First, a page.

Confessions of a Bar Mitzvah Teacher
Since, as the Chumash says, "Confession is good for the soul", let's begin with a confession. I am a Bar Mitzvah teacher. My avocation - my hobby - is the navigation of Jewish boys through the tangled web of the Bar Mitzvah ceremony.
In most families, a cash gift of a green, oblong paper with a picture of Benjamin Franklin works fine. But parents who are really lousy negotiators sometimes get stuck with a clause in the BAP (Bar Mitzvah Agreement Protocol) which results in a separate phone line for Mark or Ben: or a trust fund containing a red BMW when the child reaches driving age.
Usually, the first step by parents, after signing the contract drawn up by the child's legal representative, is the call to the Bar Mitzvah teacher.
Parent: "OK, we've signed the contract with Mark. Can you get over here by 7:15? He's in a great mood - we just gave him some money."
Starving Bar Mitzvah Teacher: "Uh, I planned to wash out some underwear and a few shirts. They're $1.25 at the laundry, you know."
Parent: "Later, later. Come over now. He's had 50 milligrams of ritalin. Let's get started."
Well, Teach stumbles over. And around the kitchen table explains to student and family the formidable intellectual challenge posed by the Bar Mitzvah requirements. The theme is always the same. "It ain't easy and sooner or later you're gonna hate me." Yeah, yeah, they understand - "LET'S GO!" they shout.
Teaching 12 year olds to chant Haftorah is like teaching dolphins to sing A che le Morte from Ill Trovatore. Sooner or later kids and dolphins swim away. It is not a slick ride on a playground slide.
Take my current student (as Henry Youngman would say; "Yeah, please take him - far away"). Let's call him Ben. When he talks, his parents open their checkbooks and listen with wide-eyed attention. His mother reveres him and his father addresses him in low, respectful tones. Here, extracted from Ben's file is the verbatim record of my first conversation with his family.
Me - the Bar Mitzvah Teacher: "Well, it's time for Ben to begin his Bar Mitzvah training."
To myself: (From what I can tell of Ben's mental equipment, we shoulda started when he was six.)
Mother: "Oh, nice of you to call, but I'm not sure Ben wants to be a Bar Mitzvah."
To herself: (My son may not have time for this Bar Mitzvah stuff. He's probably the Messiah, himself, and he's gonna be busy fixing the world.)
Bar Mitzvah Teacher: "Well, it's kinda hard for a 12 year old to make decisions like this. Why don't you pitch in and make it for him? Just say yes."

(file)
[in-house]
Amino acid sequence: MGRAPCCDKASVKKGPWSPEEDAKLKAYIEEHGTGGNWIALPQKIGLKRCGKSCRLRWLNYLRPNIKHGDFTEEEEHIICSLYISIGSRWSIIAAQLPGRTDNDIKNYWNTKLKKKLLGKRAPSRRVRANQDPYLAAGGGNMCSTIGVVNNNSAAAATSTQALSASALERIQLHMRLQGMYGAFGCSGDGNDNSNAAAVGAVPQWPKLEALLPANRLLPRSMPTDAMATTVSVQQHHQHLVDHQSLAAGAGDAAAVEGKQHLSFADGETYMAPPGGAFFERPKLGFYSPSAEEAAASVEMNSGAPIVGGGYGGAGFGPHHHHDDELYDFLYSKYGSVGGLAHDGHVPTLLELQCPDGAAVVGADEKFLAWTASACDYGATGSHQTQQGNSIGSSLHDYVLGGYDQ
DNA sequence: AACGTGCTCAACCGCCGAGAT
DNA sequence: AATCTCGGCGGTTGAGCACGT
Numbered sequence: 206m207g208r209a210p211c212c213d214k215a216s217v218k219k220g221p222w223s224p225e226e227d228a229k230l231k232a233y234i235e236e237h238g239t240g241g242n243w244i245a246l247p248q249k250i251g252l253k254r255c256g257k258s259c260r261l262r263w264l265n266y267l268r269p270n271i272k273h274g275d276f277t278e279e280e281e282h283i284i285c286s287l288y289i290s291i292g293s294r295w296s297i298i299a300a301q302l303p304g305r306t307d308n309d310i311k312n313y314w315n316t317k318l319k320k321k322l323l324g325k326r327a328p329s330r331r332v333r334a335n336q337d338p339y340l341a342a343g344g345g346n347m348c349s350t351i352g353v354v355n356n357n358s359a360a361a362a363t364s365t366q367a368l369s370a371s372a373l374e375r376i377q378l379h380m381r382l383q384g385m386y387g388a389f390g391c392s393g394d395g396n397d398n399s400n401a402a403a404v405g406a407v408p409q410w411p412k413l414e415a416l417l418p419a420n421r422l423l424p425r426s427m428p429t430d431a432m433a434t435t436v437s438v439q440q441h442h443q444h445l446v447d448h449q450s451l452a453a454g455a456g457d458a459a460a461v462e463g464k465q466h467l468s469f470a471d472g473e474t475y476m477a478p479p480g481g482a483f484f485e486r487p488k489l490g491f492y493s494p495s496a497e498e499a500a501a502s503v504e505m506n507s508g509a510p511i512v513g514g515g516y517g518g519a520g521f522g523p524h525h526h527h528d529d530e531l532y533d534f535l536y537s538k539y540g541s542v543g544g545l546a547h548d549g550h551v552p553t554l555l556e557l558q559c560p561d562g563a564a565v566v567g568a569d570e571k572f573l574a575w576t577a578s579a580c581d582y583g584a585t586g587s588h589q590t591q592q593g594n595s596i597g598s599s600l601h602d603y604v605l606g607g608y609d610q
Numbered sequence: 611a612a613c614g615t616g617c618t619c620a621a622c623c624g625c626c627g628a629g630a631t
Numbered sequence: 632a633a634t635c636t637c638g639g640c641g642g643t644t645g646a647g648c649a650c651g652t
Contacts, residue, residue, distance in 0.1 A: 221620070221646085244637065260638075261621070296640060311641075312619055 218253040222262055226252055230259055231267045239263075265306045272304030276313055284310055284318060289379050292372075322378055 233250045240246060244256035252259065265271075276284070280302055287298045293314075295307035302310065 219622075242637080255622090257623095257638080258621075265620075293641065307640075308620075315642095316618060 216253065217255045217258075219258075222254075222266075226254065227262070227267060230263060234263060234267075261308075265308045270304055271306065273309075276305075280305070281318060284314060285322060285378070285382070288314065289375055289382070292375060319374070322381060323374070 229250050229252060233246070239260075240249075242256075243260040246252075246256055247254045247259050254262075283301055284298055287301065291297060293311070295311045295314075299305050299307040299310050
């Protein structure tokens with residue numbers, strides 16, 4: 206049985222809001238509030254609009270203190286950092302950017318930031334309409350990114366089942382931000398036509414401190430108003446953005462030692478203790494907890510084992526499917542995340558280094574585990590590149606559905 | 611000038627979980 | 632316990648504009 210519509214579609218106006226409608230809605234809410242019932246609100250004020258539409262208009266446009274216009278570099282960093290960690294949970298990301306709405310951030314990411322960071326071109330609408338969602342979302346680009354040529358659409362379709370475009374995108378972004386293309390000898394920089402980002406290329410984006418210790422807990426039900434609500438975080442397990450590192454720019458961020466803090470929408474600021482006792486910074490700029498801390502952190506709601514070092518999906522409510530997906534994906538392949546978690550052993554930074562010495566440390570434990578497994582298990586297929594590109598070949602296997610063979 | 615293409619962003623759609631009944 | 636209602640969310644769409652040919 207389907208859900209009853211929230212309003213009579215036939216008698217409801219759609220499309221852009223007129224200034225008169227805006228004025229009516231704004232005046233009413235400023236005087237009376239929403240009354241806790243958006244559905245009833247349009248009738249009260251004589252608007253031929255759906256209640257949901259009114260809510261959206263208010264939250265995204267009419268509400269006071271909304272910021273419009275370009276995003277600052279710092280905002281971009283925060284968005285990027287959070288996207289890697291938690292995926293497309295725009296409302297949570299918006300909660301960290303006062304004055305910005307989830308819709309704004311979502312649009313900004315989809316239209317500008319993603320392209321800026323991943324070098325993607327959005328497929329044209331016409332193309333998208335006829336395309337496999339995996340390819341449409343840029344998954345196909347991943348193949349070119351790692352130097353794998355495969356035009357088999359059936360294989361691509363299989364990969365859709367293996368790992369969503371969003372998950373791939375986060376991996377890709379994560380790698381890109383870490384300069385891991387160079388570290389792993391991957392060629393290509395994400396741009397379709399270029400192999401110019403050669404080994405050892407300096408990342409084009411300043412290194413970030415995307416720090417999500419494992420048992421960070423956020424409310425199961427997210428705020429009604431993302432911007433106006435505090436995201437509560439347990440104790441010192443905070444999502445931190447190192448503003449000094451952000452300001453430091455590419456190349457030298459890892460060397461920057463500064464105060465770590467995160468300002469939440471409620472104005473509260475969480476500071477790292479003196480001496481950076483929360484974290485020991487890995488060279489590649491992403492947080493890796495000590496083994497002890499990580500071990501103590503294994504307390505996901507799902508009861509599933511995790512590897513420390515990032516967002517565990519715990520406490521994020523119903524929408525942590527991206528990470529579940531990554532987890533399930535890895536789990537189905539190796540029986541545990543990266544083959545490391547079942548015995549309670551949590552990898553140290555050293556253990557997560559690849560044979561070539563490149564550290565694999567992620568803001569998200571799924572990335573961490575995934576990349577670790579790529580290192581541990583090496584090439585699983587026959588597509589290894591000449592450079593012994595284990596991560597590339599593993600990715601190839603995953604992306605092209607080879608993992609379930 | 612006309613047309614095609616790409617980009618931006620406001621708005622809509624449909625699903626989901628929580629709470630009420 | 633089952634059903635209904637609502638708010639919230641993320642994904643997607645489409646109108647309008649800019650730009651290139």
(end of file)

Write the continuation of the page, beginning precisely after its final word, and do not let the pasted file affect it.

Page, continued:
To myself: (Lucky he couldn't express himself at birth - he'd have nixed his own Bris. So messy.)
Finally, Mother agreed that since Ben was busy - determining his supper menu preferences every night, deciding on his daily TV agenda, choosing his wardrobe - that yes, she'd relieve him of this Bar Mitzvah decision.
A Bar Mitzvah is a real challenge for a young boy: the singing of the Haftorah and blessings before and after. Plus the Torah reading and associated blessings. Then finally the speech. The Torah reading, especially, is a challenge. It's not easy. There are no vowels, you see, under those squirmy Hebrew letters and the trop - the tune - is different from the Haftorah.
The speech is variable. It can be a simple reading of the words typed up by his teacher; a fail-safe stratagem when the child hasn't mastered the Haftorah until 9:15 the morning of the event. Or - the student can spend weeks researching the prophets and the associated Rabbinical commentary. Listen; a really scholarly Bar Mitzvah exegesis can equal a PhD thesis.
But none of my students have ever failed; every Bar Mitzvahee gets a minimum C+ grade. And I've never had a student who didn't show up. Don't laugh. I've had one or two who called the Coach the Friday before: "Mr. Roberts, I've got kinda feverish feeling and I'll bet I gotta temperature so I won't be at the synagogue. Would you just bring the presents over? I'll pay the rental fee for the truck."
The problem is, to deal with kids you need leverage. Something to reward with - something to punish with. But we teachers - unless backed up by parents - have an empty pack. All we can do is conjure up visions of all that loot - those glittering gifts. A Jewish version of Christmas Day. But if the kid already owns the world, what's to bribe with?
Ah, the times they are a'changing. When I was a Bar Mitzvah boy, my teacher carried a ruler like a sword. And if you blew the trop - the haftorah tunes - he called you a dummy. Imagine! Not a slow learner, not an Attention Deficit Disorder victim, but a DUMMY! And believe it or not, he rapped your knuckles with his weapon, the ruler.
Today he'd be in court. The Bar Mitzvahee, the ACLU and the parents with Alan Dershowitz at their side, would sue his Tsitzis off.
The ideal Bar Mitzvahee is a plain 12 year old, shunned by 12 year old females, who has no talent for band, chess, basketball, or math. Undistracted by an admiring world, he'll shine on the Bimah and you'll get tons of compliments on your pedagogic talents. The synagogue audience will bow as they let you go first through the kiddish line (before the other fressers have used the cream cheese fork to pollute the chicken salad) while the bagels are still fresh. Ah, the perks of a Bar Mitzvah teacher.